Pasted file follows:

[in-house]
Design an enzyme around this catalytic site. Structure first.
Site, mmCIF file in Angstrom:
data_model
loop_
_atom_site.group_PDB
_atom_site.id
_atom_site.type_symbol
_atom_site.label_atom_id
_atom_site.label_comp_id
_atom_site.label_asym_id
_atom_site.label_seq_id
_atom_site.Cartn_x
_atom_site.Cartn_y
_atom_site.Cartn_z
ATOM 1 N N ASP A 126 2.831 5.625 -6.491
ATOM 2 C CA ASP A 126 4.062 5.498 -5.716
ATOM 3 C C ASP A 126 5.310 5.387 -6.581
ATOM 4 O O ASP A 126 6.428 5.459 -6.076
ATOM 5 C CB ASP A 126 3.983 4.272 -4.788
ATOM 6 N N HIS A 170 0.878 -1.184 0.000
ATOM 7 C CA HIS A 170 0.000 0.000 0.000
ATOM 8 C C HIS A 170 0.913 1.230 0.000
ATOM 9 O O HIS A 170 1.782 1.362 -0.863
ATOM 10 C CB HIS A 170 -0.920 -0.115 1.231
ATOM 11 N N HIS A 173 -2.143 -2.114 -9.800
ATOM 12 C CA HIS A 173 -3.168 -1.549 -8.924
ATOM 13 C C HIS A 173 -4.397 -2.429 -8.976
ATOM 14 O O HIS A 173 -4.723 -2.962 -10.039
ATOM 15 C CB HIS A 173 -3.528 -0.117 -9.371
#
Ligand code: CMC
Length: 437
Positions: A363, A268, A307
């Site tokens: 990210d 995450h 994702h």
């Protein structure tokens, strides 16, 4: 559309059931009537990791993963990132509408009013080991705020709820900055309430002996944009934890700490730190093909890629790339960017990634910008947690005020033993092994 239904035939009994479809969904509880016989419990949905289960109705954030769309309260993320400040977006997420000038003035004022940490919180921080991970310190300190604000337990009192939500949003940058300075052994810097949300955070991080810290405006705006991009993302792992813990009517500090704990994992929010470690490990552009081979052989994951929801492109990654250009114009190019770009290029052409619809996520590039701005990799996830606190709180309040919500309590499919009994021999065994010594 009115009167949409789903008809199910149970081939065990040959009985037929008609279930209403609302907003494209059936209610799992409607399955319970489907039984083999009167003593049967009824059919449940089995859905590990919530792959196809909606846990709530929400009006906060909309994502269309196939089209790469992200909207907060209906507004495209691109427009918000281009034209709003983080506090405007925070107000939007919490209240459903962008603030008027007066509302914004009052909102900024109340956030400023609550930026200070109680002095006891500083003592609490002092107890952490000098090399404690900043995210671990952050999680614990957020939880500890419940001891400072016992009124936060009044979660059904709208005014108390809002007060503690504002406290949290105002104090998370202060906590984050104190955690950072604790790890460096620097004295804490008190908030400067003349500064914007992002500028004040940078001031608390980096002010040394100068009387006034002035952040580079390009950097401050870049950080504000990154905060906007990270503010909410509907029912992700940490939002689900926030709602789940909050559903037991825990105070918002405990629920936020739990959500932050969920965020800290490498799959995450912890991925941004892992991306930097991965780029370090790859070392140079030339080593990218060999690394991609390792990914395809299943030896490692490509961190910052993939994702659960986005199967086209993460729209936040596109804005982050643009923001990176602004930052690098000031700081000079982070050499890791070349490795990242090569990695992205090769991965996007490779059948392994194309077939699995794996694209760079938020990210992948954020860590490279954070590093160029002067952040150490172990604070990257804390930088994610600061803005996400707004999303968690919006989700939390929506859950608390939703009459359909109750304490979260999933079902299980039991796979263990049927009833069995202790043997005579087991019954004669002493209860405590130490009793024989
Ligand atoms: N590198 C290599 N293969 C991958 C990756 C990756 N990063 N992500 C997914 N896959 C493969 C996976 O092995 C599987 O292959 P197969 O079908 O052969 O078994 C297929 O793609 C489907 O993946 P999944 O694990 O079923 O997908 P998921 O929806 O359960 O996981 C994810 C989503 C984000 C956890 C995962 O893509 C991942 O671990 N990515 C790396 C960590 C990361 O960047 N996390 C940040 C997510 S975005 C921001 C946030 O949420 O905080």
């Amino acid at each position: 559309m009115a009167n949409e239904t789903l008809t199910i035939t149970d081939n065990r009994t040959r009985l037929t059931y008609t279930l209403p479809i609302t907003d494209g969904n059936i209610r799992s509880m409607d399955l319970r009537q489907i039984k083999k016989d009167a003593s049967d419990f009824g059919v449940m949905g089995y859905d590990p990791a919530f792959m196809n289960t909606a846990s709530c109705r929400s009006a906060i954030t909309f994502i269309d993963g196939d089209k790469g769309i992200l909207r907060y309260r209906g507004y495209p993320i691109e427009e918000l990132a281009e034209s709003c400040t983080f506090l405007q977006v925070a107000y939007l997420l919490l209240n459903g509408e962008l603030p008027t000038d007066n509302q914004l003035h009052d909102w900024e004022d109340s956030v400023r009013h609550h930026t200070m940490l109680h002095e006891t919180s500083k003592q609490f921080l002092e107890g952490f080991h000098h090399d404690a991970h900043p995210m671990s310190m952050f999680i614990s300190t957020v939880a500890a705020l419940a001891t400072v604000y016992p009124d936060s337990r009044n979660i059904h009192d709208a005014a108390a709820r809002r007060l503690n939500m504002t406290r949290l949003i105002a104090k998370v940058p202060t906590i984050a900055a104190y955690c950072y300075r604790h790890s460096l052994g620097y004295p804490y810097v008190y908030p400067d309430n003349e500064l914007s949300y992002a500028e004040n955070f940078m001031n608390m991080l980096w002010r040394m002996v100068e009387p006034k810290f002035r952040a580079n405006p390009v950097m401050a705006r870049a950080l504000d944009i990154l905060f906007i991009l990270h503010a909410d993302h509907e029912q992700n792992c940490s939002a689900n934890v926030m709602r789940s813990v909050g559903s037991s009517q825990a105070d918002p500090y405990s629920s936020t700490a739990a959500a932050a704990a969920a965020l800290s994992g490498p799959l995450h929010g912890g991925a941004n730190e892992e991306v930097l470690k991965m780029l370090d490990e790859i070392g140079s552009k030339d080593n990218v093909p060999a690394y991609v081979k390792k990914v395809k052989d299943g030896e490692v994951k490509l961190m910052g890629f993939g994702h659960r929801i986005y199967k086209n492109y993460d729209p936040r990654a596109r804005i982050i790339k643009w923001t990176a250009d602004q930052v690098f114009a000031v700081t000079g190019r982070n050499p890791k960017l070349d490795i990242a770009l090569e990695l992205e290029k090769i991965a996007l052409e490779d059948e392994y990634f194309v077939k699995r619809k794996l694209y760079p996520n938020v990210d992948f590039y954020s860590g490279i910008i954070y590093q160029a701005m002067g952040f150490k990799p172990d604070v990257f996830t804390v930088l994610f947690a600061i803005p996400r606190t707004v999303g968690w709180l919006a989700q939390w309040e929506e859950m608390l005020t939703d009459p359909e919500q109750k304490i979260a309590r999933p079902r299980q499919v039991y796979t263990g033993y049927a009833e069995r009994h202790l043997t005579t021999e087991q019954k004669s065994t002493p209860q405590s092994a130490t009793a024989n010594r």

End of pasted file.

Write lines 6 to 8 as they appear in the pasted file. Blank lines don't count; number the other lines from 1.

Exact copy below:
_atom_site.group_PDB
_atom_site.id
_atom_site.type_symbol